The Godziek Family

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Story of Rescue - The Godziek Family

During the evacuation of the Auschwitz-Birkenau concentration camp in January 1945, the Germans organized the so called death march. Among others, 3 Jewish women of Hungarian origin took part in this march: Olga Lengyel and her two friends, Magda and Luiza. When the prisoners were passing the village of Brzeźce near Pszczyna, the 3 women managed to escape from the convoy and take shelter in the household belonging to Maria and Ludwik Paszek.

After dark, they were transported in the wagon, hidden in the hay, to the household of Augustyn and Zofia Godziek. The Paszeks' house was located near the main route of the march and was exposed to frequent stopovers of the Germans during their evacuation. On the other hand, Augustyn Godziek worked in Landwache, a local order service, so he was above suspicion. Here, the three fugitives were given shelter and protection. Olga often talked about her camp experiences. She noted down all her memoirs in a notebook.

Some German soldiers stationed in Brzeźce. One day one of them unexpectedly marched into the kitchen of the Godzieks’ house, where Olga was in the process of baking a Transylvanian cake for the household members. She informed him that she was a relative of the Godziek family and that she had just arrived for a visit. Her mother was sick and bedridden, and was lying in one of the village houses. Till that time Olga had been busy taking care of her – she explained. The German accepted the explanations. From now on he imposed on the Godziek family, bringing his friends with him and encouraging the household members to take part in various plays.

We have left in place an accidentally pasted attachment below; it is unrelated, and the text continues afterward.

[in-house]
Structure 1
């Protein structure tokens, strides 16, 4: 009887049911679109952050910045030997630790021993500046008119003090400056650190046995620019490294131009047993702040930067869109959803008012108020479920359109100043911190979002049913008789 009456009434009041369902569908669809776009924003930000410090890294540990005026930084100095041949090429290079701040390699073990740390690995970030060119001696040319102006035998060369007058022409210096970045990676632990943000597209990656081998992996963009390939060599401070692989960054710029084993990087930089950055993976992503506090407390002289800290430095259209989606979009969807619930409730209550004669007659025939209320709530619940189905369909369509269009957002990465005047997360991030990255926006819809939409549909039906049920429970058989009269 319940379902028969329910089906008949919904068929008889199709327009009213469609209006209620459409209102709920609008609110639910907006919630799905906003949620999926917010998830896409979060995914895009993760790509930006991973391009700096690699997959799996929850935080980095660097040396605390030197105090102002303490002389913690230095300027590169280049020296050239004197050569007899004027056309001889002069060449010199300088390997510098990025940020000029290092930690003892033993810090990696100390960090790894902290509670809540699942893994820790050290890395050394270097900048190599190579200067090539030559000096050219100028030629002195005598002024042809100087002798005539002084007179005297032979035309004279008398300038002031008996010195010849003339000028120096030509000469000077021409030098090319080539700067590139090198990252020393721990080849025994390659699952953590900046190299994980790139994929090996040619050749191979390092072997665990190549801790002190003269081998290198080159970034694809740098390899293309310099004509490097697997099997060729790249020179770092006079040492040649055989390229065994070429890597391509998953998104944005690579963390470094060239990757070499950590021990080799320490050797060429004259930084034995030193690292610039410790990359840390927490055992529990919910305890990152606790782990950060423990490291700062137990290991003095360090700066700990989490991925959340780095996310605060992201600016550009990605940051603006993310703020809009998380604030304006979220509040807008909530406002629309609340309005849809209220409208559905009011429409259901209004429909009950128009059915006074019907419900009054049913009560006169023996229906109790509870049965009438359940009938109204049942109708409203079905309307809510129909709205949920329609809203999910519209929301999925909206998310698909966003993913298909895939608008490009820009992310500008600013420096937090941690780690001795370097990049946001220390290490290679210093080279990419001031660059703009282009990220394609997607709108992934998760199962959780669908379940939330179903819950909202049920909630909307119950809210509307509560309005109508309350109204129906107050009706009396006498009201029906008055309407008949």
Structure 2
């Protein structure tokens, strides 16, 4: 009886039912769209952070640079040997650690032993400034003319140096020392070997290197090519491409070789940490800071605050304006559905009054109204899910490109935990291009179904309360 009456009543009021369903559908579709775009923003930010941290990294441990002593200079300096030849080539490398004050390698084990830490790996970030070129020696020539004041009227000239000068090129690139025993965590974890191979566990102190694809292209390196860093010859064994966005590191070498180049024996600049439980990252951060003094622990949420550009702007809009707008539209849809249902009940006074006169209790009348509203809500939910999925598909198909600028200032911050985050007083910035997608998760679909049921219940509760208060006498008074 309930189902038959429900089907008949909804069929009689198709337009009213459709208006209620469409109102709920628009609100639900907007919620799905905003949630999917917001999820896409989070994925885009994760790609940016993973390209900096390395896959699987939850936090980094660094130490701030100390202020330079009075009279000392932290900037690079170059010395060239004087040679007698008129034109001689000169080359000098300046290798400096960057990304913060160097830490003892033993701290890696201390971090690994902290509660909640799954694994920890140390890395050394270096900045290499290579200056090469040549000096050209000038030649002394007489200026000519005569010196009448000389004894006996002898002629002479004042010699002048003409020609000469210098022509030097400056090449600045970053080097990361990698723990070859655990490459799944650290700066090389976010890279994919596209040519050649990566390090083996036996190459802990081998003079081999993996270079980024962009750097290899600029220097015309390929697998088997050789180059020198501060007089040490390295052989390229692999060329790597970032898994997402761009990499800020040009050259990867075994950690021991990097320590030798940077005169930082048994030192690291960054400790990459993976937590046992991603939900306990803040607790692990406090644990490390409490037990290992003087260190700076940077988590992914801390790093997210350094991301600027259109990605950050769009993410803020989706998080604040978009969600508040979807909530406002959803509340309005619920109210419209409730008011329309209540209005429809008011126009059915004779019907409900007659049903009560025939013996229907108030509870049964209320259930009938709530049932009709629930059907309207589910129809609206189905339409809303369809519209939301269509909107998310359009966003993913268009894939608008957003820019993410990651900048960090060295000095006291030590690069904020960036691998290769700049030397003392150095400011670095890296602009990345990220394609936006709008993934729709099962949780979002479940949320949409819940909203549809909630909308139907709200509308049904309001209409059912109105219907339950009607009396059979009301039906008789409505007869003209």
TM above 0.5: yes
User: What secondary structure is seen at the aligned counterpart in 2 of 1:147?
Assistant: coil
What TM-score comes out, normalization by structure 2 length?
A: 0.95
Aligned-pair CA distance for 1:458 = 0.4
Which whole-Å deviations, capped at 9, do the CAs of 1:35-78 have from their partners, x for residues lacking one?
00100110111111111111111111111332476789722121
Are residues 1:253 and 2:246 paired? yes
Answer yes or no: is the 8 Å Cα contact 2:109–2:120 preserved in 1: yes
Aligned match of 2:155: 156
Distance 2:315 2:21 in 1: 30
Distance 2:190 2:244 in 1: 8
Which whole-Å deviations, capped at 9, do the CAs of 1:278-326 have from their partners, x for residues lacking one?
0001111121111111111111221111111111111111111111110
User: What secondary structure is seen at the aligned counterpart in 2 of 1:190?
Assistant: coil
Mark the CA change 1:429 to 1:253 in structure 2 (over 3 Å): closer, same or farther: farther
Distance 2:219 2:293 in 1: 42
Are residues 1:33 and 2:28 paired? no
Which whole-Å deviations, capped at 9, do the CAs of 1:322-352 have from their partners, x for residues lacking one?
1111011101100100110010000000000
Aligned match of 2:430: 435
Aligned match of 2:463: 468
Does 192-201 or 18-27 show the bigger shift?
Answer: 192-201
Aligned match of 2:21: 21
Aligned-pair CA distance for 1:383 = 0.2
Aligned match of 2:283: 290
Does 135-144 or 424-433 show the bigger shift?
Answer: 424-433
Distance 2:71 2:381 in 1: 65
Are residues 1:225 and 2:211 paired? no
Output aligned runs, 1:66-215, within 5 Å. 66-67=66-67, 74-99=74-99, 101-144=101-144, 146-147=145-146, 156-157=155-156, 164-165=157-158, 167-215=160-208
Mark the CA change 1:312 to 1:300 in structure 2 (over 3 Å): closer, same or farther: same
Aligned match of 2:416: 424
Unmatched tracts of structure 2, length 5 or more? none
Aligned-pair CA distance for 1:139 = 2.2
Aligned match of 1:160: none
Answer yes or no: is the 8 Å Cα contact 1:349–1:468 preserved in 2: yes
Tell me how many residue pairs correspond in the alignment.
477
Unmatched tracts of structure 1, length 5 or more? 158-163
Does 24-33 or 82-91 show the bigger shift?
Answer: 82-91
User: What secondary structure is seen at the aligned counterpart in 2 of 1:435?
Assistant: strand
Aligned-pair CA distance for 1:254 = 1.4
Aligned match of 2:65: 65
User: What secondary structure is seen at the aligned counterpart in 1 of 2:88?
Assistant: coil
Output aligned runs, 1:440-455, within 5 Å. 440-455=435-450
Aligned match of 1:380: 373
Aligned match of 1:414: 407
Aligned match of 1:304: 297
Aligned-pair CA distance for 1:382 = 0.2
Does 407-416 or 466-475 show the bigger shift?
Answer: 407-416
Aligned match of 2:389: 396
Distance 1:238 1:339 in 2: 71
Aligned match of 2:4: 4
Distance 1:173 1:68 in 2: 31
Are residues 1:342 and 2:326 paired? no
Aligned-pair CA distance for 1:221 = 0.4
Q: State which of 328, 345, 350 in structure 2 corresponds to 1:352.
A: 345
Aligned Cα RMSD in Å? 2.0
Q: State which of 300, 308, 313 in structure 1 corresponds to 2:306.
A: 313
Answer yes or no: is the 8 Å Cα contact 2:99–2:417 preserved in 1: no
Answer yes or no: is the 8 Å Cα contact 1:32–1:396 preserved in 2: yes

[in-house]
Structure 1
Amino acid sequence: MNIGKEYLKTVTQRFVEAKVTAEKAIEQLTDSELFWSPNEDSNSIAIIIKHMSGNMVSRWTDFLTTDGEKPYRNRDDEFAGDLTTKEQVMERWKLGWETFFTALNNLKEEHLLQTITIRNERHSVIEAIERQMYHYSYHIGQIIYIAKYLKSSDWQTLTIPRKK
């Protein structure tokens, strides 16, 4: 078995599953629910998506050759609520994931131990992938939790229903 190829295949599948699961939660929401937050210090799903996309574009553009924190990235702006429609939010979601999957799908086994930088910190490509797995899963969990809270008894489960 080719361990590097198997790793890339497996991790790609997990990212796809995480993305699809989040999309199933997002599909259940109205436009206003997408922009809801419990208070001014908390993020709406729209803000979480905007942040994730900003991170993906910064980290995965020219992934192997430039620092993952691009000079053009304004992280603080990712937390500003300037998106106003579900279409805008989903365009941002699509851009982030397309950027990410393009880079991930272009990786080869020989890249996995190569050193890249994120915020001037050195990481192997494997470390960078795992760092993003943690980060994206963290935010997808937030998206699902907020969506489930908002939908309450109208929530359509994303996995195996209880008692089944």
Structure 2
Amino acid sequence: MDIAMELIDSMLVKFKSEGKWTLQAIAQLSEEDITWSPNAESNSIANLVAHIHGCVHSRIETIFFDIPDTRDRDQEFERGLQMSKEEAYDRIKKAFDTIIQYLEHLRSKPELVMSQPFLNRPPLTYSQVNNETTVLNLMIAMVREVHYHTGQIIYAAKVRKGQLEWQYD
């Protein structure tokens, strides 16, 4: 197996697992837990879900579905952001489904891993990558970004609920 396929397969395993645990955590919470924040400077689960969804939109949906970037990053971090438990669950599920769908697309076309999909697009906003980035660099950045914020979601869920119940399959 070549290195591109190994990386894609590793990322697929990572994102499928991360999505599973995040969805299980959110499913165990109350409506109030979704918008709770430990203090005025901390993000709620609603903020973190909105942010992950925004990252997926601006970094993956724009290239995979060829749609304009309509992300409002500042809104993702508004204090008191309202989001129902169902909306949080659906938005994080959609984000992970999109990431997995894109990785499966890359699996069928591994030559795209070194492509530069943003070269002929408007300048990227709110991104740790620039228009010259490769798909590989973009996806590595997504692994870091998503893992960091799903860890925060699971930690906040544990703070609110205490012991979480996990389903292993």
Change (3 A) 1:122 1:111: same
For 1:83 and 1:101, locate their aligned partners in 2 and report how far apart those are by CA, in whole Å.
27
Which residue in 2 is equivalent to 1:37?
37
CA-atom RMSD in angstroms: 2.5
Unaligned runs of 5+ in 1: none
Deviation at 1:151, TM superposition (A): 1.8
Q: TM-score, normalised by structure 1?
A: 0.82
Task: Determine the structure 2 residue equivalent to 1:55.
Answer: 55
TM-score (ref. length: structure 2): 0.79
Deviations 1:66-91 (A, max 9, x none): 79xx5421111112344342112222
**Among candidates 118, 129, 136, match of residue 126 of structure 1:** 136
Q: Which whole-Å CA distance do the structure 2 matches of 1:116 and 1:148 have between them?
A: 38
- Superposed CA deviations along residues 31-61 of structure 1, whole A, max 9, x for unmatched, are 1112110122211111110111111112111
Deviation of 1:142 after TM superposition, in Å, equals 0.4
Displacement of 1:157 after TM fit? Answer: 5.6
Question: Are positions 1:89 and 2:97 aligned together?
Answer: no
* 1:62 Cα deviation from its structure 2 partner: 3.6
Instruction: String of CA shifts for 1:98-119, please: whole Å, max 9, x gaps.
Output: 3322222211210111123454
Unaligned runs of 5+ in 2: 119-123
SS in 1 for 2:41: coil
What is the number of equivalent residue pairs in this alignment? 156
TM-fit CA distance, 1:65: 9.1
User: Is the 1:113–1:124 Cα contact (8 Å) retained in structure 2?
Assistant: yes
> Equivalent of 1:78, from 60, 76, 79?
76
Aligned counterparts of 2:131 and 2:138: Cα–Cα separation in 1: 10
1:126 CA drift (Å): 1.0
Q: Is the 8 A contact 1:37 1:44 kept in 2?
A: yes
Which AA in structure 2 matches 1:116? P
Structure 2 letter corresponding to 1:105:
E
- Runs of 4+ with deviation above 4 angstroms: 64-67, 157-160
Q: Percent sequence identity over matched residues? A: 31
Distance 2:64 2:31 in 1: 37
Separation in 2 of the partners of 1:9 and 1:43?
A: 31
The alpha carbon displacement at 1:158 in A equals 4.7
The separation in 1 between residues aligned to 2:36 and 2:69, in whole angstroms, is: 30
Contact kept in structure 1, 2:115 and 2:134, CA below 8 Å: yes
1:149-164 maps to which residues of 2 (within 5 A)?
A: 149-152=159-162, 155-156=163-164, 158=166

The three women lived in the Godziek family to see the liberation. They left Augustyn the addresses of their families, so that he could notify them in case of the women’s deaths. Fearing the Russians stationing nearby, Augustyn hid the papers in a hiding place above the entrance to the house. However, because of the damp, the letters inscribed in ink got blurred. As a result, they became illegible.

“In 1947, having received no sign of life from the Jews, my father Ludwik wrote a letter to Olga’s brother-in-law living in Romania” – remembers Henryk Paszek. “We received the message saying that Olga now lives in New York. She wrote to us a year later. She thanked for saving her life and promised to send us her freshly published book. It was the last letter we received from Olga (…).”

The memoirs written down by the Rescued were published in the USA in 1947 under the title of “Five Chimneys”. Olga Lengyel was one of the founders of Memorial Library and Art Collection of Second World War in New York, the institution aiming at preventing the Holocaust from being forgotten. In 1981, she visited Brzeźce. She offered her thanks to the children of the Paszek and the Godziek families. Unfortunately, Augustyn and Zofia Godziek as well as Ludwik Paszek were already dead at that time. Both families were posthumously awarded the honorary title of “Righteous Among the Nations”.

Bibliography

  • Sztoler Grzegorz, Ścieżki śląskie godne wspomnienia, Chorzów 2004
  • Red., Olga, Magda i Lojzika, Górnośląski Tygodnik Regionalny „Echo”, Nr 24 (1964)
  • Gutman Israel red. nacz., Księga Sprawiedliwych wśród Narodów Świata, Ratujący Żydów podczas Holocaustu, Kraków 2009